My Picturesque Hometown

I proceeded on leave by the 03rd February evening flight, arriving home at dawn the next day.  05th February was my birthday and was celebrated with my family.  As I am not a party bird, the occasion was a low key affair without any fanfare.  Nevertheless, it was thoughtful of my children to present me useful gifts, which I hope will bring back fond memories as years pass by.  Mind you, this day was also the birthday of a Bollywood film star. 

The phrase ?having a good time? is interpreted by people differently.  For me, this phrase means relaxing and unwinding in an environment devoid of blaring music, noisy dancing and ruckus, but being in the company of intelligent and/or well-travelled people, who are raconteurs narrating their experiences and imparting their knowledge.  I also enjoy the company of humorous people.  However, I hate to see the sight of Batlibois (you know what I mean), who are addicted to heady stuff.

Having arrived home, I rambled around absorbing sights and sounds of the city and laid my hands on interesting non-fictions and travelogues.  Now, I have enough reading material to keep me going for quite some time.  I was also able to shop around to buy the stuff that my friends and colleagues had requested for, as these items are cheaper in Bombay and costlier in Bahrain.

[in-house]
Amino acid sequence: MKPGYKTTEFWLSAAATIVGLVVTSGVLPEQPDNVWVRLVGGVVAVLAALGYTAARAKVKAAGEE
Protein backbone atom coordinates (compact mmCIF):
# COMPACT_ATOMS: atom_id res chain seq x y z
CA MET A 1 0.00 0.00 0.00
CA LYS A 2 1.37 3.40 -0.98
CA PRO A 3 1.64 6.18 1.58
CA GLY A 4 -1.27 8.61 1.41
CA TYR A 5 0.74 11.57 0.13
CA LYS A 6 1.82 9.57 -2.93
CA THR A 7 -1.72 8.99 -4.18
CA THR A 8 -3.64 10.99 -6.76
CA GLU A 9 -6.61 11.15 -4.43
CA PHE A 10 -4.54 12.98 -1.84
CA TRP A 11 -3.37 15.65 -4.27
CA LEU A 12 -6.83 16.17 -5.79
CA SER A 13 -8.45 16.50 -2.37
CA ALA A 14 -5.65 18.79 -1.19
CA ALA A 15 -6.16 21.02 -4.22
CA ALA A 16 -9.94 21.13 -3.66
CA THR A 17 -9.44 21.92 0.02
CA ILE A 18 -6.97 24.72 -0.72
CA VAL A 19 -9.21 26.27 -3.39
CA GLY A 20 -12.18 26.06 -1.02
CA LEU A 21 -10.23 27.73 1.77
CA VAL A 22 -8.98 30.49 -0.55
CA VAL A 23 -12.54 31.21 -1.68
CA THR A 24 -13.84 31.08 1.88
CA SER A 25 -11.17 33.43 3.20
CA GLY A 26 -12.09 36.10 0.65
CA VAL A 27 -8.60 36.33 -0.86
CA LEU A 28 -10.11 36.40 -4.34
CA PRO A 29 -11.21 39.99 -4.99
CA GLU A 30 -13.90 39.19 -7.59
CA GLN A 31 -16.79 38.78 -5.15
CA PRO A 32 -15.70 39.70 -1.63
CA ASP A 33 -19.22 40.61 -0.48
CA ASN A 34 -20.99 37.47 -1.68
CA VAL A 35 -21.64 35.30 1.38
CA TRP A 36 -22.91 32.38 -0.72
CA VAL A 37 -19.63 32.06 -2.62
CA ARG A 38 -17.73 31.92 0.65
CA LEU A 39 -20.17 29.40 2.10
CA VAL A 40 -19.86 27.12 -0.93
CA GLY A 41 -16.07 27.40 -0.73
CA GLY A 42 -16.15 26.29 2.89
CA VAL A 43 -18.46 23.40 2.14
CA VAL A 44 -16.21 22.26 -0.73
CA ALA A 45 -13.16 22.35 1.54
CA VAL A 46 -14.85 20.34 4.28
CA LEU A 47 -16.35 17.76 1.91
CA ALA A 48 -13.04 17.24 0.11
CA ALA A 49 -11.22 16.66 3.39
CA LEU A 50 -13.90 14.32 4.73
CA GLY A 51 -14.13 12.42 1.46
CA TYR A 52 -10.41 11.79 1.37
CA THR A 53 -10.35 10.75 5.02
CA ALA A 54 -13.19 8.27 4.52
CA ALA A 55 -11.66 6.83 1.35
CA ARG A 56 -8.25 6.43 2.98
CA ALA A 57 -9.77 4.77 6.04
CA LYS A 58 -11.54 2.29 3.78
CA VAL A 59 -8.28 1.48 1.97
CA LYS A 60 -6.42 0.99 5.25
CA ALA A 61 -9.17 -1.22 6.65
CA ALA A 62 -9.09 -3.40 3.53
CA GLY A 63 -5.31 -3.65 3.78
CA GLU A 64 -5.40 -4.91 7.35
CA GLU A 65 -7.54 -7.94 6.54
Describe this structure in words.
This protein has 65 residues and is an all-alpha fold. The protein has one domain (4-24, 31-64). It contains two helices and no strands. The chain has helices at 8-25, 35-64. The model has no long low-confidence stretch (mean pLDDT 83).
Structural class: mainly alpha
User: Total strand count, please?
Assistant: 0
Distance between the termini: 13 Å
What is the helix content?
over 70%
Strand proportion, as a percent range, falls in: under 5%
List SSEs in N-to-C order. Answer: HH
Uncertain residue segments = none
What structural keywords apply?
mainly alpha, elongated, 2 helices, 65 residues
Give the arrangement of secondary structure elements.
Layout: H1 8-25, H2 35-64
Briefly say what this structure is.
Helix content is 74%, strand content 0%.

As in January 2010, this year too I made a trip during February to Mangalore and travelled in Mangalore and the surrounding areas.  I took a morning flight to Mangalore on 21st February and landed after one hour and twenty minutes.  The new airport looks very good and swanky.  However, considering that there are just twelve to fifteen flights a day, I question the rationale of having a massive airport, whose infrastructure is grossly underutilized.  Since the Central and State Governments have used public funds and not their money, it is totally another matter.  To hell with integrity, honesty and probity in life and thanks to the masses, who tolerate everything, India is a conveyor belt for sleazy politicians and civil servants.





















Further, no taxis and auto-rickshaw are allowed to ply to and from the airport terminal building.  So, should a traveller arrive at the airport without anyone coming to receive him with transport, he is left helpless – thanks to the sagacity and farsightedness of the authorities.  Again thanks to the Karnataka Government for giving these tourist taxis the opportunity to fleece poor air travellers.  In short, there is presumably a nexus and unholy alliance between the authorities and these vehicle operators.  Passengers in Bombay are very fortunate to engage taxis at the airport itself by paying reasonable fares or take the trolley with one?s belongings down the terminal building and hail a transport and reach home.  Though Bombay is amongst the ten largest metropolises in the world, we pay a fraction of what we pay to tourist taxi operators at Mangalore airport when, in fact, Mangalore could be considered as a large town or, at best, a small city.